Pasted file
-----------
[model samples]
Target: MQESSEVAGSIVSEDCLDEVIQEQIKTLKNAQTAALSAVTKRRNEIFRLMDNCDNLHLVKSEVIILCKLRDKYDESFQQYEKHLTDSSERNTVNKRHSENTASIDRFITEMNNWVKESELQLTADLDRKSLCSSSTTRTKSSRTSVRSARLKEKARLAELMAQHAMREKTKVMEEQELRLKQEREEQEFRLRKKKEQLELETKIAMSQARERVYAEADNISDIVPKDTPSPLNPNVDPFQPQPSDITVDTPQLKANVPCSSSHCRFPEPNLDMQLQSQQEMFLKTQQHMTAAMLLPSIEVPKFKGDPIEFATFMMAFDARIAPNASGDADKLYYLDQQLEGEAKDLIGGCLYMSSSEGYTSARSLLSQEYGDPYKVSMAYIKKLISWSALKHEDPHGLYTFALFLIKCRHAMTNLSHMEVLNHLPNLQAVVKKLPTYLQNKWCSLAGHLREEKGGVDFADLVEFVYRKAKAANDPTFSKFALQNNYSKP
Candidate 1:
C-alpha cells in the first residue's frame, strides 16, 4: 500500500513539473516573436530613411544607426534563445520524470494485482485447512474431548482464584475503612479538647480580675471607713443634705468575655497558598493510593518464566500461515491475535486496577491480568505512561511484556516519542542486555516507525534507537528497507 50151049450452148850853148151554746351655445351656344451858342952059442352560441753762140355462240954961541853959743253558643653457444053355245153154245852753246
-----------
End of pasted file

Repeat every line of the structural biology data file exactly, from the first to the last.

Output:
[model samples]
Target: MQESSEVAGSIVSEDCLDEVIQEQIKTLKNAQTAALSAVTKRRNEIFRLMDNCDNLHLVKSEVIILCKLRDKYDESFQQYEKHLTDSSERNTVNKRHSENTASIDRFITEMNNWVKESELQLTADLDRKSLCSSSTTRTKSSRTSVRSARLKEKARLAELMAQHAMREKTKVMEEQELRLKQEREEQEFRLRKKKEQLELETKIAMSQARERVYAEADNISDIVPKDTPSPLNPNVDPFQPQPSDITVDTPQLKANVPCSSSHCRFPEPNLDMQLQSQQEMFLKTQQHMTAAMLLPSIEVPKFKGDPIEFATFMMAFDARIAPNASGDADKLYYLDQQLEGEAKDLIGGCLYMSSSEGYTSARSLLSQEYGDPYKVSMAYIKKLISWSALKHEDPHGLYTFALFLIKCRHAMTNLSHMEVLNHLPNLQAVVKKLPTYLQNKWCSLAGHLREEKGGVDFADLVEFVYRKAKAANDPTFSKFALQNNYSKP
Candidate 1:
C-alpha cells in the first residue's frame, strides 16, 4: 500500500513539473516573436530613411544607426534563445520524470494485482485447512474431548482464584475503612479538647480580675471607713443634705468575655497558598493510593518464566500461515491475535486496577491480568505512561511484556516519542542486555516507525534507537528497507 50151049450452148850853148151554746351655445351656344451858342952059442352560441753762140355462240954961541853959743253558643653457444053355245153154245852753246